A number of studies have assessed the potential for vitamin C supplements to reduce a range of noncommunicable diseases and infections [9,94]. However, there remains much controversy as to the efficacy of supplementation, primarily due to badly designed studies that do not take into account the baseline vitamin C status of the participants [98]. Therefore, knowledge of the high-risk groups for deficiency should be utilized for future studies as these groups are more likely to benefit from supplementation.
In the meantime, global and local policymakers should consider the local data available on deficiency in an attempt to modify dietary intake and other modifiable risk factors. More of these risk factors should be taken into account during the review and update of global recommended dietary intakes for the vitamin. Clinicians worldwide should also remain vigilant to detect and correct hypovitaminosis C and deficiency in the at-risk groups highlighted.

Author Contributions

A.C.C. and S.R. contributed equally to the review. All authors have read and agreed to the published version of the manuscript.


This research received no external funding.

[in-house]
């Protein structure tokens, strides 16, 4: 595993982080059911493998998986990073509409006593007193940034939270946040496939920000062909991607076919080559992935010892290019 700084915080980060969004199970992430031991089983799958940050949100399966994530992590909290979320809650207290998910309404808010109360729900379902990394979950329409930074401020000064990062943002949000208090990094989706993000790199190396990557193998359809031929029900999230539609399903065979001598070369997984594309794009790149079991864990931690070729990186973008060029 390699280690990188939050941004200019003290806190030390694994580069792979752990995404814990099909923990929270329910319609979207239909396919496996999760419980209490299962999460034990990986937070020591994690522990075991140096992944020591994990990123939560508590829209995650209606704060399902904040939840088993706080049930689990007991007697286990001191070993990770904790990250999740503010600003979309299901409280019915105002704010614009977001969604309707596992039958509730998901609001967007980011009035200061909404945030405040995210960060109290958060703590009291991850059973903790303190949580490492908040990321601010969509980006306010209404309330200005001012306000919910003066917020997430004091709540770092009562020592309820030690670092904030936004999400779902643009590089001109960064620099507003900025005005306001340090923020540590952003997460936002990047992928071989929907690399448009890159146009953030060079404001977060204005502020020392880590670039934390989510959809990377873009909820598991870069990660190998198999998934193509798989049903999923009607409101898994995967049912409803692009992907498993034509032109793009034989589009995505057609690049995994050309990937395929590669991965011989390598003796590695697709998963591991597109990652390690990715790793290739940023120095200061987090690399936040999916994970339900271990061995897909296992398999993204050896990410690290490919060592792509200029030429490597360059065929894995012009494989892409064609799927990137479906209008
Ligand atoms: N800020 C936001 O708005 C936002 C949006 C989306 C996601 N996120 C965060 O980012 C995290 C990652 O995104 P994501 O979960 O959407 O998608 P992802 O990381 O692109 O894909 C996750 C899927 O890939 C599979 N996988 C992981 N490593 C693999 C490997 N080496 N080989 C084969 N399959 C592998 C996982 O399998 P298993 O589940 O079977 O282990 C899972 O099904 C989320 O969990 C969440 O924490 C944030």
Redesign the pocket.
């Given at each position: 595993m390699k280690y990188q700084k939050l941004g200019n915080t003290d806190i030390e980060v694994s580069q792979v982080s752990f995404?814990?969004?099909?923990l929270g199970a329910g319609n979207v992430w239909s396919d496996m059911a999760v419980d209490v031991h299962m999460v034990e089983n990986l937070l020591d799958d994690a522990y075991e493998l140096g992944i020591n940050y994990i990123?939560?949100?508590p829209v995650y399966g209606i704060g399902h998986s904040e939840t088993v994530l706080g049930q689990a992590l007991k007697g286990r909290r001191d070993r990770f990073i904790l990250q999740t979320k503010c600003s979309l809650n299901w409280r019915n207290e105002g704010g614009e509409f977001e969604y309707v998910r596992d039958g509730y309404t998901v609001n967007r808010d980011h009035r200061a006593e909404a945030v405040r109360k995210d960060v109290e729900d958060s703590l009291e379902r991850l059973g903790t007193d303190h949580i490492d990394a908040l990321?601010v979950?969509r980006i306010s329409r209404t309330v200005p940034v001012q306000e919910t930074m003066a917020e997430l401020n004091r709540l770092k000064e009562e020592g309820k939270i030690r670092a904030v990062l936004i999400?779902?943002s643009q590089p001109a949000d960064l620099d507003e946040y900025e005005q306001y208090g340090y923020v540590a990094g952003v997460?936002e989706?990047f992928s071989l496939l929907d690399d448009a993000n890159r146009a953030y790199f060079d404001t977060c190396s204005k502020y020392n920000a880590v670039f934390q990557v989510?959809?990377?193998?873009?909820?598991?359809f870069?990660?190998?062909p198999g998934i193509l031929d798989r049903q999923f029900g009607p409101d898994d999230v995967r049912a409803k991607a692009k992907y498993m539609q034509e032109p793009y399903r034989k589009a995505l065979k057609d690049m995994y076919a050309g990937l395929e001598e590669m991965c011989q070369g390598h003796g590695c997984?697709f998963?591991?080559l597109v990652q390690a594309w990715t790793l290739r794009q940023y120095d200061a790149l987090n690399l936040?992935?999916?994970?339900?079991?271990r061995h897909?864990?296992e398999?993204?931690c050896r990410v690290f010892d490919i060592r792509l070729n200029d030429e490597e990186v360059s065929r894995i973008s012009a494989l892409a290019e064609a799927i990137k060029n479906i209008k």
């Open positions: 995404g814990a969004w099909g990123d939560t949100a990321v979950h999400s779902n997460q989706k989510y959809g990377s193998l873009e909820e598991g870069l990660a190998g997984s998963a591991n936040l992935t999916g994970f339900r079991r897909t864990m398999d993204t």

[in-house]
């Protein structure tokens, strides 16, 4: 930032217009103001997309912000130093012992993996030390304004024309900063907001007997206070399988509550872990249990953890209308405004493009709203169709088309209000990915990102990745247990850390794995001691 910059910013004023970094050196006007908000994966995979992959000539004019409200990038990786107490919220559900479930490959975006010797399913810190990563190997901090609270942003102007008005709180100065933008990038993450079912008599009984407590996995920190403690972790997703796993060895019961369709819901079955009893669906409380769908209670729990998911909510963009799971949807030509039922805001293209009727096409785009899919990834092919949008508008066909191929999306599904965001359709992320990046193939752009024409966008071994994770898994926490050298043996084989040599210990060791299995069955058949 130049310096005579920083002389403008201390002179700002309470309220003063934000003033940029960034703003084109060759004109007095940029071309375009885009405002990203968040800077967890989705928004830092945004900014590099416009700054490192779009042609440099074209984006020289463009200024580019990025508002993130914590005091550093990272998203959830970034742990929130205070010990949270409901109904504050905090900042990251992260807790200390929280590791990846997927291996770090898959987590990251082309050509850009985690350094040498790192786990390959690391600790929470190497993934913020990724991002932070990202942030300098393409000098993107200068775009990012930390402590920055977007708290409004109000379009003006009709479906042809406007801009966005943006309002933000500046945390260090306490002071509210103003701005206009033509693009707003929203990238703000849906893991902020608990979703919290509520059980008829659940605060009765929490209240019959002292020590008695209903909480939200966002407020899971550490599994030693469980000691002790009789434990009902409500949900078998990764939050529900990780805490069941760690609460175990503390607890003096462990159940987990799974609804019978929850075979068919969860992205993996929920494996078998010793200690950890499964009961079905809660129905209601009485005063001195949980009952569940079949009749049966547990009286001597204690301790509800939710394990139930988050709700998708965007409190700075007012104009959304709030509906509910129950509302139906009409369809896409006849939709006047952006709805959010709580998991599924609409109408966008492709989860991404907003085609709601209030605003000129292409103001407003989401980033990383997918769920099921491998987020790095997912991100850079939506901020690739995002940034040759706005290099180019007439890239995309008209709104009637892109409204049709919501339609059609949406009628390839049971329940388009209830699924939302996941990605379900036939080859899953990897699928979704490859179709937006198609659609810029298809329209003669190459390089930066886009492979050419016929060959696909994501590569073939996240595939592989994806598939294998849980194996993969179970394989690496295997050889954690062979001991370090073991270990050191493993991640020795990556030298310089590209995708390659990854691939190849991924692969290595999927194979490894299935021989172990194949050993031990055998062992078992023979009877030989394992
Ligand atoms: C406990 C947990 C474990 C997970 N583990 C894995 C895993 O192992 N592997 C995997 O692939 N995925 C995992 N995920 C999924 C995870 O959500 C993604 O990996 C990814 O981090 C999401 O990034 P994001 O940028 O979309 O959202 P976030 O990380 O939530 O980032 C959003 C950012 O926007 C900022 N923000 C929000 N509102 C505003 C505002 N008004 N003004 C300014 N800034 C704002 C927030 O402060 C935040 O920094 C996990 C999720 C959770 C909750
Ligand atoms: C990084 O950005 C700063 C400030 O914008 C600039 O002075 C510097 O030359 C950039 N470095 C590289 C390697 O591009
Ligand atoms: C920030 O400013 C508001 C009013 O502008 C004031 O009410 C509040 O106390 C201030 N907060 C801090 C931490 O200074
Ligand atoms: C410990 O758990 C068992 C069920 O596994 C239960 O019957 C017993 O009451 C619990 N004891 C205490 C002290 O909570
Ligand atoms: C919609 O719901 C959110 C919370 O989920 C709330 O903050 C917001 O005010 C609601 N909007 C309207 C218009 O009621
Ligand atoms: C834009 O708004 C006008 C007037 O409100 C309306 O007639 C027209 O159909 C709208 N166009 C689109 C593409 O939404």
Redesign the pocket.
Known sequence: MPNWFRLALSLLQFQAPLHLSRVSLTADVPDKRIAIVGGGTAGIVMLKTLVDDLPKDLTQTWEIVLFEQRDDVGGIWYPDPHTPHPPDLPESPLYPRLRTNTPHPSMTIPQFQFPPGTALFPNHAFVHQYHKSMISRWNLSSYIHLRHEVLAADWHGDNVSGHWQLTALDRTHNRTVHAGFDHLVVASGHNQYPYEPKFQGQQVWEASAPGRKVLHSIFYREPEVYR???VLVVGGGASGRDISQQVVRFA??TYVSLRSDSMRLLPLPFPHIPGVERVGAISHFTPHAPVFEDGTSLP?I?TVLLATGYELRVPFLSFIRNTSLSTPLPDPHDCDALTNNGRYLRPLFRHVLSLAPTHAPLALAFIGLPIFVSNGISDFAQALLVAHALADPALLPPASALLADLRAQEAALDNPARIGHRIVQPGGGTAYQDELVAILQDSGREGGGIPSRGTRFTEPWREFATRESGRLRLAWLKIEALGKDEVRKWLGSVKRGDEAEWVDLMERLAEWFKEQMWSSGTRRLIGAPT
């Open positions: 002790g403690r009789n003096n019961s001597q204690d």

A.C.C. is a recipient of a Sir Charles Hercus Health Research Fellowship from the Health Research Council of New Zealand.

Conflicts of Interest

The authors declare no conflict of interest.


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Figure 1. Estimated vitamin C content of selected fruit and vegetables. Data derived from the United States Department of Agriculture ( Note that vitamin C content can vary depending on the plant variety, and cooking may decrease the vitamin C content to variable extents. Pulses include kidney beans, chickpeas, mung beans, pinto beans, soybeans, lentils, peanuts, split peas; nuts include hazelnuts, pistachios, macadamia nuts, pecans, walnuts, brazil nuts, cashew nuts; seeds include chia, flax seeds, pumpkin seeds, sunflower seeds, sesame seeds; grains include rice, millet, wheat/couscous, cornmeal. Animal products, such as meat (other than liver), eggs, and milk contain negligible vitamin C. Dotted lines: lower line indicates daily intake to prevent scurvy (10 mg/d); upper line indicates daily intake for optimal health (200 mg/d).